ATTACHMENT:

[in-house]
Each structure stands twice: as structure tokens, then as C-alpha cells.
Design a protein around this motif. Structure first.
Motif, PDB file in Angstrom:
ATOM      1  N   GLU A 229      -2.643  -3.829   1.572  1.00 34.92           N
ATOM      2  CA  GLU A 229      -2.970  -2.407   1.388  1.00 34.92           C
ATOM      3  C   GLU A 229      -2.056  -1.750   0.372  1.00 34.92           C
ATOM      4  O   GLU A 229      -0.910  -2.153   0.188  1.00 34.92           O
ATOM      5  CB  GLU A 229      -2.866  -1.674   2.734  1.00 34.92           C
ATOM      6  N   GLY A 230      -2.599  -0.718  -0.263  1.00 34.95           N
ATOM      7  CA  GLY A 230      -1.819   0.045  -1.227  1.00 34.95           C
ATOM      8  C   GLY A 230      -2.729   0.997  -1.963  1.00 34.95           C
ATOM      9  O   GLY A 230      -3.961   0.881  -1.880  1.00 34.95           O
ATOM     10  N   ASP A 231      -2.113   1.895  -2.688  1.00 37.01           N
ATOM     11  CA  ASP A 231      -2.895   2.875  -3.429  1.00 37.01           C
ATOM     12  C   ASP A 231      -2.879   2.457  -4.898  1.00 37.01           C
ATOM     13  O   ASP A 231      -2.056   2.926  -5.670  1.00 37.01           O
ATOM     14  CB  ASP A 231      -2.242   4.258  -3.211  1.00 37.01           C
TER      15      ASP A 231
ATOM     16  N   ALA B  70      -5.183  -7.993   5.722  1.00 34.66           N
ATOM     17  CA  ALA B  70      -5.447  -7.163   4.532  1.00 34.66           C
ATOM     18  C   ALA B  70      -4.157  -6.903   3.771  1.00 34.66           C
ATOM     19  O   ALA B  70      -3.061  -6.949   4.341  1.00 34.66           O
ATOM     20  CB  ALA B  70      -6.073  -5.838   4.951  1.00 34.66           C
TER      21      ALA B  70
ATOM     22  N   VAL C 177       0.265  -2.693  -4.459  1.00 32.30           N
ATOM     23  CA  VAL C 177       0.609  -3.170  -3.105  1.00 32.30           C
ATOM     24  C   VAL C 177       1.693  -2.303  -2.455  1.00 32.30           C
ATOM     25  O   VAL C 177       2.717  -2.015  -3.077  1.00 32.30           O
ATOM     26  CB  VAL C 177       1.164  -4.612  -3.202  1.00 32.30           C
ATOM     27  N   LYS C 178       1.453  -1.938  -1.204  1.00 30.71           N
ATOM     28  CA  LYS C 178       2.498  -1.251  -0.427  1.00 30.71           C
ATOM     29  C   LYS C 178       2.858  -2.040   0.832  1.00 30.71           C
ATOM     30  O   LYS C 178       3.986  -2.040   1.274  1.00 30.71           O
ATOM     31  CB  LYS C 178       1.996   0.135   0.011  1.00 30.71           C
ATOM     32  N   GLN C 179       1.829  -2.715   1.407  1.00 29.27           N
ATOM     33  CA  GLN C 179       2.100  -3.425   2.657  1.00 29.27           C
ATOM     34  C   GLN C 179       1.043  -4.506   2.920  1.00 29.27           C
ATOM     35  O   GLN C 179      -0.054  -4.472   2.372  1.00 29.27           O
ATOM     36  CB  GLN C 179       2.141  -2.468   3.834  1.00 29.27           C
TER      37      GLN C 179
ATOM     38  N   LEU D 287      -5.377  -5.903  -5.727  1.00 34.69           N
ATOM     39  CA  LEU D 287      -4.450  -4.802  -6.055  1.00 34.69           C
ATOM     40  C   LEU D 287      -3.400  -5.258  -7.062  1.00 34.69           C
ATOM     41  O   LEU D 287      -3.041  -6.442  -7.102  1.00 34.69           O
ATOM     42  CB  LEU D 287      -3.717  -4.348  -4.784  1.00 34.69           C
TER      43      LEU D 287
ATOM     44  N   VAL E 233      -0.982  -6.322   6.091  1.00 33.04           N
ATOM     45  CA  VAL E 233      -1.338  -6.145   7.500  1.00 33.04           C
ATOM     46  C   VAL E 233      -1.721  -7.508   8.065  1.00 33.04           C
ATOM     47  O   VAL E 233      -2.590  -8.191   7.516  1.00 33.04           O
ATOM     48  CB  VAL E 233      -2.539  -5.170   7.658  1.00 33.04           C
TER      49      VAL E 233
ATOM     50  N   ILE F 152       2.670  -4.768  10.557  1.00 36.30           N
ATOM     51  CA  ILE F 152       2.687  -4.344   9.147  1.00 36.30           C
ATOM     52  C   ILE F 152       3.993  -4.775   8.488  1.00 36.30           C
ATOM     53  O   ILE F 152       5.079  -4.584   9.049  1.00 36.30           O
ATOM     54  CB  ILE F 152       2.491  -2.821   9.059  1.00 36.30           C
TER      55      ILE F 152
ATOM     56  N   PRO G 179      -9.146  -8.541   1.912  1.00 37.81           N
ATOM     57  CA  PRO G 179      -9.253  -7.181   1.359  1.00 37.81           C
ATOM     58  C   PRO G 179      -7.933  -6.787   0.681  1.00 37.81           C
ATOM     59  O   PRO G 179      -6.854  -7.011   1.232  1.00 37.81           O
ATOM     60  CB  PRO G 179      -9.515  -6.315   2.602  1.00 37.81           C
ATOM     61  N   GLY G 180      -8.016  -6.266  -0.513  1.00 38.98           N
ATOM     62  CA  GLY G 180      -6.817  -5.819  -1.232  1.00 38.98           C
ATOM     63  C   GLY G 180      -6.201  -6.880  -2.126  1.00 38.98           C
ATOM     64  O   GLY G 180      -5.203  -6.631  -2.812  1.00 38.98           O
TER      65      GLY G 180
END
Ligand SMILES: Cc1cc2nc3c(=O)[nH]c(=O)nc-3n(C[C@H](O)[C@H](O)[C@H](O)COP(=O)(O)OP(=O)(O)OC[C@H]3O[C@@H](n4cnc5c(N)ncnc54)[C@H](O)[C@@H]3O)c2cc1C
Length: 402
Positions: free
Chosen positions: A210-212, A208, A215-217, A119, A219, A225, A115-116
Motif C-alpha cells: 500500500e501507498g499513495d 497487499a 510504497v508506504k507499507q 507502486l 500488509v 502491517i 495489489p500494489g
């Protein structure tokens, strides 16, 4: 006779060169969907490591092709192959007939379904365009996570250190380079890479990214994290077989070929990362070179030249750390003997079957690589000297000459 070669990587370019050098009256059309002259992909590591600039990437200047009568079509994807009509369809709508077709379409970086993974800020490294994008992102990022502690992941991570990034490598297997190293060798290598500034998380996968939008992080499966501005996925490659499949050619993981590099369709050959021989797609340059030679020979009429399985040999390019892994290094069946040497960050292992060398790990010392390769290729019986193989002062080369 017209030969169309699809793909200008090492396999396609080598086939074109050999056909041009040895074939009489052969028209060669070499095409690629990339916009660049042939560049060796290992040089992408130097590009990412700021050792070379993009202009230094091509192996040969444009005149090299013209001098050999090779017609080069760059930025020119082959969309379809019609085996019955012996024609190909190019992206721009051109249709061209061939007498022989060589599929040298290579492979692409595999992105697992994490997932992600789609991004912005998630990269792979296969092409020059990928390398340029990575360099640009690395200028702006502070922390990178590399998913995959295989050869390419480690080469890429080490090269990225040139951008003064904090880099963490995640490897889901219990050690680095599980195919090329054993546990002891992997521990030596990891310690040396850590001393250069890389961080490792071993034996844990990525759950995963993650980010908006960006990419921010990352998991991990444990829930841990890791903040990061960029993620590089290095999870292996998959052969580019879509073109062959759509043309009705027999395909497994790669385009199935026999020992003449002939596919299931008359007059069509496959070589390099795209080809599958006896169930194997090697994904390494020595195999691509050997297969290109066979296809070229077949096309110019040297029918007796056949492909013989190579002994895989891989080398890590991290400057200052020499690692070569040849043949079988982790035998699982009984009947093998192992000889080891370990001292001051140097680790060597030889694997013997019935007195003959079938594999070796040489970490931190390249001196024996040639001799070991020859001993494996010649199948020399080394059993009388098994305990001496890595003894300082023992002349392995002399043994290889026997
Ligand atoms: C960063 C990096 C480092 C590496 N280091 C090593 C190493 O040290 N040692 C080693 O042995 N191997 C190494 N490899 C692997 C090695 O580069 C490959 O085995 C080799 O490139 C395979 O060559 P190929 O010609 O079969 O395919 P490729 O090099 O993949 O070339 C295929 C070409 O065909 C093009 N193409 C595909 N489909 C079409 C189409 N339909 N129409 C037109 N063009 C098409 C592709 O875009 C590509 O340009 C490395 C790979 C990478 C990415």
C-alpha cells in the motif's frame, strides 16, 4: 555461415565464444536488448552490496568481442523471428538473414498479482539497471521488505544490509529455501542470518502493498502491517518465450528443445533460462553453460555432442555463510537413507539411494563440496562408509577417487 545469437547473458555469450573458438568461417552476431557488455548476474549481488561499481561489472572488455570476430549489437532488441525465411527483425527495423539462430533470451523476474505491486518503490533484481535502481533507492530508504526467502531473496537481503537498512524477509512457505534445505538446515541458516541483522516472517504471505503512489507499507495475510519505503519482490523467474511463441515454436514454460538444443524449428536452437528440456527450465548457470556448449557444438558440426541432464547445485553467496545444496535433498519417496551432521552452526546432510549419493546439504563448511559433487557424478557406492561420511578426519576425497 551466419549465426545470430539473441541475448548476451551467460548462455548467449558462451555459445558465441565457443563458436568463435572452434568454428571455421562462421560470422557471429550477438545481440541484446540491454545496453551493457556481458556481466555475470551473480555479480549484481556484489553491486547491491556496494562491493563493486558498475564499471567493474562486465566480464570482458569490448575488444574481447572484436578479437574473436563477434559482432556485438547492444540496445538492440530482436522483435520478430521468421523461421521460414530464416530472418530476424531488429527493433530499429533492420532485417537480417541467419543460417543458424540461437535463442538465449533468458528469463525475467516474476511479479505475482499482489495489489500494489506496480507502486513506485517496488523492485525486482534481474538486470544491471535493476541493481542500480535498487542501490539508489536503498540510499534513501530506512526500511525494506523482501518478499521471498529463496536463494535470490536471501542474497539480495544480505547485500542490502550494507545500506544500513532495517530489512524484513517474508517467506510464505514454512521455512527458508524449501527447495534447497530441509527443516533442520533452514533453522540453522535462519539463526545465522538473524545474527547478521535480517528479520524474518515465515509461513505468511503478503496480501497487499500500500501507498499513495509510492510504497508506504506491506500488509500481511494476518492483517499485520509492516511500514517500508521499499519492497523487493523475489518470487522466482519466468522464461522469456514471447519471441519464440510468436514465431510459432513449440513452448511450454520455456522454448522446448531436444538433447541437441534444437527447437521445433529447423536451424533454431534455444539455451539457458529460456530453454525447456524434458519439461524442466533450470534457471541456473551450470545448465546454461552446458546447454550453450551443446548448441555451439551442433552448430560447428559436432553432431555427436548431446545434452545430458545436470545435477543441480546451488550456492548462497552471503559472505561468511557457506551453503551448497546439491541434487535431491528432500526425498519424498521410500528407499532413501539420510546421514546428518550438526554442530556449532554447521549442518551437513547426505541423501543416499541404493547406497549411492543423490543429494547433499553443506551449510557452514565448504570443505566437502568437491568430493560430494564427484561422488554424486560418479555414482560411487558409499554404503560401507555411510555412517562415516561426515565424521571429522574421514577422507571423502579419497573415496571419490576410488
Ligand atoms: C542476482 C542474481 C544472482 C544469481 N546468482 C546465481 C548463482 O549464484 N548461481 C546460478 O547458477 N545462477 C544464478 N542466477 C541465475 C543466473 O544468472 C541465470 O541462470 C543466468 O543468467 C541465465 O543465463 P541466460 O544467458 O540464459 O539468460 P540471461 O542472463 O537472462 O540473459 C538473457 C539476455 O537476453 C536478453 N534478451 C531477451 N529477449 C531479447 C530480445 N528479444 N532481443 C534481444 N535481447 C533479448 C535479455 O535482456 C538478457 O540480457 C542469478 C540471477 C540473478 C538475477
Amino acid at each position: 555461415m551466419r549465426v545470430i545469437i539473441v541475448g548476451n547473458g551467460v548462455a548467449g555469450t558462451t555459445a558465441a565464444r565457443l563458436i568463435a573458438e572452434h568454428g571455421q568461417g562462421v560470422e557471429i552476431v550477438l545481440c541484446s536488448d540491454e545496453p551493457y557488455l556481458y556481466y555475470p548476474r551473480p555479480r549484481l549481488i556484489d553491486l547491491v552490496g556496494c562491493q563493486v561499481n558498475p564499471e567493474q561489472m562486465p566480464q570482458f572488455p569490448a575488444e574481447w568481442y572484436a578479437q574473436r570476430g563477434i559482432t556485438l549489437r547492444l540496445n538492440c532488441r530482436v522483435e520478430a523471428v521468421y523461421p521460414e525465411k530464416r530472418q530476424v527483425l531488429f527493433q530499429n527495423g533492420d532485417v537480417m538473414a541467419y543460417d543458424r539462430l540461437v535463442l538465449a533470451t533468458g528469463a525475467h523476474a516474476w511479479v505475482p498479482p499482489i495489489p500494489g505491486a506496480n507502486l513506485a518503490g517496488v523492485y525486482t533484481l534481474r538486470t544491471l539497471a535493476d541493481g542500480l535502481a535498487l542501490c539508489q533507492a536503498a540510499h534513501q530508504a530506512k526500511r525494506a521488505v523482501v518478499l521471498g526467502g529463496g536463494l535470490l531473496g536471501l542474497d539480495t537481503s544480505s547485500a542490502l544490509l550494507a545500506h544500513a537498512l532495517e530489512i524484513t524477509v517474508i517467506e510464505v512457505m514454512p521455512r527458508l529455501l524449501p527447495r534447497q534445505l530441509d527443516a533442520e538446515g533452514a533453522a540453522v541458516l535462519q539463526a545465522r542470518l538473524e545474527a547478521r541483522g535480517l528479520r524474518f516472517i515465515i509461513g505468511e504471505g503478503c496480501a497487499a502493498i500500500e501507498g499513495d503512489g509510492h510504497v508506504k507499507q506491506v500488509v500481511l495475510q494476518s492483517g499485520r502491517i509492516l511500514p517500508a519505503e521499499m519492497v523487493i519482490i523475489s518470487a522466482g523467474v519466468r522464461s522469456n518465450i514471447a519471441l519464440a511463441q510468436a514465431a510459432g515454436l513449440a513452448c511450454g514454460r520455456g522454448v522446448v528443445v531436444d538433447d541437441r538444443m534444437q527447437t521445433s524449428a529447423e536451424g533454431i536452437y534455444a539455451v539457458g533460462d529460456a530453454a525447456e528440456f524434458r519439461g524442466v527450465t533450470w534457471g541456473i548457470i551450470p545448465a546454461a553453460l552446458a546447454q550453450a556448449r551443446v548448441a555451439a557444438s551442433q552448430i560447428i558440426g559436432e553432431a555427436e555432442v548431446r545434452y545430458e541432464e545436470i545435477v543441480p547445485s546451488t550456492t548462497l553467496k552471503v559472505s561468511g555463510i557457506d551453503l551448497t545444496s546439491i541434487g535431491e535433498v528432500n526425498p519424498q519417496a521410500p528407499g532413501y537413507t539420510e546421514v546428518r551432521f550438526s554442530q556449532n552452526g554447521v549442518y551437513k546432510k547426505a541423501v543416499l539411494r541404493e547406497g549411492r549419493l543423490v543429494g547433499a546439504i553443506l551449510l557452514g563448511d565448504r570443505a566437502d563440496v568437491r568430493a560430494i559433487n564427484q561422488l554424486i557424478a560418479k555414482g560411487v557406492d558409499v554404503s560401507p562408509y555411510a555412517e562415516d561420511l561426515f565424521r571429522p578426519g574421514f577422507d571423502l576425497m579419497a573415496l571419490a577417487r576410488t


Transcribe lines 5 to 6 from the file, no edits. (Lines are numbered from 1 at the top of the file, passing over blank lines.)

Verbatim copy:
ATOM      1  N   GLU A 229      -2.643  -3.829   1.572  1.00 34.92           N
ATOM      2  CA  GLU A 229      -2.970  -2.407   1.388  1.00 34.92           C